A short walk from here and we were at Woodford Halse, which has a variety of shops - we called in at the Fleur-de-Lys pub, but they don't do food. They recommended the Tea Station, a small friendly cafe, so we had lunch there, rather soon after our snack stop!

We left Woodford Halse by the path at the bottom of the hill, crossed the road and walked past the industrial estate, turning right just before a radio mast, along a track which eventually turns up to Charwelton Lodge, up on a hill. At that point we continued ahead, alongside a hedge, then over another dismantled railway.

The path took us past spoil from railway construction,  the deserted mediaeval village of Charwelton, and its fishponds to Holy Trinity Church and the nearby farm.

Across a field or two, we joined a lane then took a small footpath through a field of calves/small cows, then one with goats and horses, and emerged next to Charwelton's packhorse bridge over the infant Cherwell - probably 15th century. It's very small, and the road hides part of it.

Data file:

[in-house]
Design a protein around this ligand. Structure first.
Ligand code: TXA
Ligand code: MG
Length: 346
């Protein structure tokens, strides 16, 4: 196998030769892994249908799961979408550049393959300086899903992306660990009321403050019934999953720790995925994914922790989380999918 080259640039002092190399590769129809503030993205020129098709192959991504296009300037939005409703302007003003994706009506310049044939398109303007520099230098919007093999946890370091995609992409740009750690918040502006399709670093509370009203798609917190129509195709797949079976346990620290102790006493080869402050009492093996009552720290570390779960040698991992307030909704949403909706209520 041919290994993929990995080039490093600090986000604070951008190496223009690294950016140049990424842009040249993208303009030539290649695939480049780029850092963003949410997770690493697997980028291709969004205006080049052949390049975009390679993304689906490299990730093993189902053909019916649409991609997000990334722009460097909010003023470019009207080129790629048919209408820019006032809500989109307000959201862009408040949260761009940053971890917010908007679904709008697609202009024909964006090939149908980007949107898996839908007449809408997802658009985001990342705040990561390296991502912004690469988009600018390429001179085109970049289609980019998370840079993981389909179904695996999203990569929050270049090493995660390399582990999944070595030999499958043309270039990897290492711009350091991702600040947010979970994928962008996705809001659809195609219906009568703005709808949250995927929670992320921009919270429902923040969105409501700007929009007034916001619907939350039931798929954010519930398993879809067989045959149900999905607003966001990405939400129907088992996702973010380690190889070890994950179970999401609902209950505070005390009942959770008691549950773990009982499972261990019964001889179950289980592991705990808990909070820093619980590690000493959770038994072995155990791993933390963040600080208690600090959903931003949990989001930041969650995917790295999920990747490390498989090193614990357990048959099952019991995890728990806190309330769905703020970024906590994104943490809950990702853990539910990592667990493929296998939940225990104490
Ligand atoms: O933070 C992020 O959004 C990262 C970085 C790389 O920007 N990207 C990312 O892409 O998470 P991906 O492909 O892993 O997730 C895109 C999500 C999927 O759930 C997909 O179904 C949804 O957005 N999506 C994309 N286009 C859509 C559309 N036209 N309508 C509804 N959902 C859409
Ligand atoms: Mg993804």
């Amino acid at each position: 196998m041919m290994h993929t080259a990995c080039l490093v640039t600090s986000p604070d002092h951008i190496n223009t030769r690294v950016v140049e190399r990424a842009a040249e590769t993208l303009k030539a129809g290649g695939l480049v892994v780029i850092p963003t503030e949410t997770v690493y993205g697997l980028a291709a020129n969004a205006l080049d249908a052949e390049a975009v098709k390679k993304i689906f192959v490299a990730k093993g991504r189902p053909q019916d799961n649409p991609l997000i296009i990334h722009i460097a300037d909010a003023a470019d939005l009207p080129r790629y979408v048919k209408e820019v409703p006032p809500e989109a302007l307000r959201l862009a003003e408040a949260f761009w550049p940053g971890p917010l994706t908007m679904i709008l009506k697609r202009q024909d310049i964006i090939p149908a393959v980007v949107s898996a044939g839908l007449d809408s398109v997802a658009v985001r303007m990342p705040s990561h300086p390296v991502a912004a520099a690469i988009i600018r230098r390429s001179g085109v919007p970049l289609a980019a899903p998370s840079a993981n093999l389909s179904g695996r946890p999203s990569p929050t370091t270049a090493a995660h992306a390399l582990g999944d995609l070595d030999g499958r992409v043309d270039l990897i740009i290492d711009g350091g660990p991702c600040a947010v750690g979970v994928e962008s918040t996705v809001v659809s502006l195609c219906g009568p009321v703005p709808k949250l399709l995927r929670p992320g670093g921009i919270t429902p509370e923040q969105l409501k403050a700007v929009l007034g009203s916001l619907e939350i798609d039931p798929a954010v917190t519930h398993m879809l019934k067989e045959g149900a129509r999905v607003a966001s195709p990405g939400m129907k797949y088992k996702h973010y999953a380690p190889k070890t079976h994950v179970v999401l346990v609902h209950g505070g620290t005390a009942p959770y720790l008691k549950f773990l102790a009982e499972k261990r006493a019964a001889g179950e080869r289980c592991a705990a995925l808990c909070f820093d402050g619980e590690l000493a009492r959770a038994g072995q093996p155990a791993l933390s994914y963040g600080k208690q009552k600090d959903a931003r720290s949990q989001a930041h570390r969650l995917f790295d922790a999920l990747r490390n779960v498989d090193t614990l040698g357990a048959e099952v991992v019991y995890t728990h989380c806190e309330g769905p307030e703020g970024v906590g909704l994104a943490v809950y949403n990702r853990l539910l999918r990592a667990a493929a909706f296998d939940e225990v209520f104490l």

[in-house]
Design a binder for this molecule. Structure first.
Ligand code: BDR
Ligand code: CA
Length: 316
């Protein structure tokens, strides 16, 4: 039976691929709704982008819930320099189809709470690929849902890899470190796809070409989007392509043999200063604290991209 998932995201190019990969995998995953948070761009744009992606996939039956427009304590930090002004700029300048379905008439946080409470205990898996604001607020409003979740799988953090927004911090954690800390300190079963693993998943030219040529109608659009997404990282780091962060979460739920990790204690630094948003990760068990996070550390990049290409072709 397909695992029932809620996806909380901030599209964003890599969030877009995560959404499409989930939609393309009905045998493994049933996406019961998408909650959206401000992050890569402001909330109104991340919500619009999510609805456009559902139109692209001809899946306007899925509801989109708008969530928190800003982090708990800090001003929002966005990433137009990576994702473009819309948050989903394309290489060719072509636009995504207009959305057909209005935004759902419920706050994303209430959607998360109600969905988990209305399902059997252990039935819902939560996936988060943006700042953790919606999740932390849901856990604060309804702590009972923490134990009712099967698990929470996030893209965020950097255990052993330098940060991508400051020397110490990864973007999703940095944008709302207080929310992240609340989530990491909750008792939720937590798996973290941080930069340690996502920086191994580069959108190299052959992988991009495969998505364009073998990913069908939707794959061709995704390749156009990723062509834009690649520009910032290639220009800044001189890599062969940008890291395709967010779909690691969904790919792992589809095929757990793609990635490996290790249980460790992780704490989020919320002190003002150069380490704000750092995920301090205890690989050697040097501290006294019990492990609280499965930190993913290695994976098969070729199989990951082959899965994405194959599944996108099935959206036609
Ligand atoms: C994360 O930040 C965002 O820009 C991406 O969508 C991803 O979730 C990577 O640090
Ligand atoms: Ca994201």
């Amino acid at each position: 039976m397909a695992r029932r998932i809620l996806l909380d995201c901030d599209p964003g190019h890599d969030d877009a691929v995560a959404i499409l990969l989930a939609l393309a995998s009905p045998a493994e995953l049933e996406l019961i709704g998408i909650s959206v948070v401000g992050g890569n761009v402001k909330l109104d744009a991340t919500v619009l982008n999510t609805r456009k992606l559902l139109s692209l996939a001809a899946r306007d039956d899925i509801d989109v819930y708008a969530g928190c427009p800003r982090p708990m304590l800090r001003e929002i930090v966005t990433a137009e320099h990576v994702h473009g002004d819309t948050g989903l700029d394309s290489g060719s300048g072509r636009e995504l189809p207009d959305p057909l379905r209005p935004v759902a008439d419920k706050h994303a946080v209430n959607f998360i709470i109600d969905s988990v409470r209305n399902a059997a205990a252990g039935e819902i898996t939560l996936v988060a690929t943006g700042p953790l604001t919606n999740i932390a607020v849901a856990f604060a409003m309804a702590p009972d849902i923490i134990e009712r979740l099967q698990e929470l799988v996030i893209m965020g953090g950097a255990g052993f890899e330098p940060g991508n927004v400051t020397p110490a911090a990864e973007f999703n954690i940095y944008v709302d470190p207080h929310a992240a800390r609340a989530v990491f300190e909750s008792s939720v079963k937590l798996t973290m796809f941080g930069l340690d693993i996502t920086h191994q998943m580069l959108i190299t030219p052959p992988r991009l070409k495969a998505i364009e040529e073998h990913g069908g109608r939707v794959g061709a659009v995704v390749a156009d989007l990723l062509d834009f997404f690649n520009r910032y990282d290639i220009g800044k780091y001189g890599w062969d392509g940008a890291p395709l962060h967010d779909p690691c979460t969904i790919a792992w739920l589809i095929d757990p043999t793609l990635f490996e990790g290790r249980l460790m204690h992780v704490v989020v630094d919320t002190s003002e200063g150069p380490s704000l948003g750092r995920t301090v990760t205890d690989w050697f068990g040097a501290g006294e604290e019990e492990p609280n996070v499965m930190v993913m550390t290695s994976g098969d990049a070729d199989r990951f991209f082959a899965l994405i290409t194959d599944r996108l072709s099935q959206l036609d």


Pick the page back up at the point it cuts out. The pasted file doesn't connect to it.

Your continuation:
A wise observer approves our achievement.

Map and details

Thursday, January 12, 2012

Kimbolton-Tilbrook, Pertenhall, Stonely, Kimbolton

Led by Barry, with me Eddie and Maureen - weather grey, some drizzle, improved to sunshine. Just over 10 miles (including mini-detours). 

Llamas and a mini-cow?

Pertenhall church in the diocese of St Albans - we took shelter in the porch for  our snack break

One more mile, guys!  We can do it!

Map and details

Monday, January 2, 2012

Gt Staughton - Stonely - Dillington - Gt Staughton

Mini-reservoir with 'scarecrows' at each corner

Barry and Gordon crossing a(nother) muddy field.

Crow scarer.

Tiny brown splodge = deer

Pylons near Graffham Water

Map and details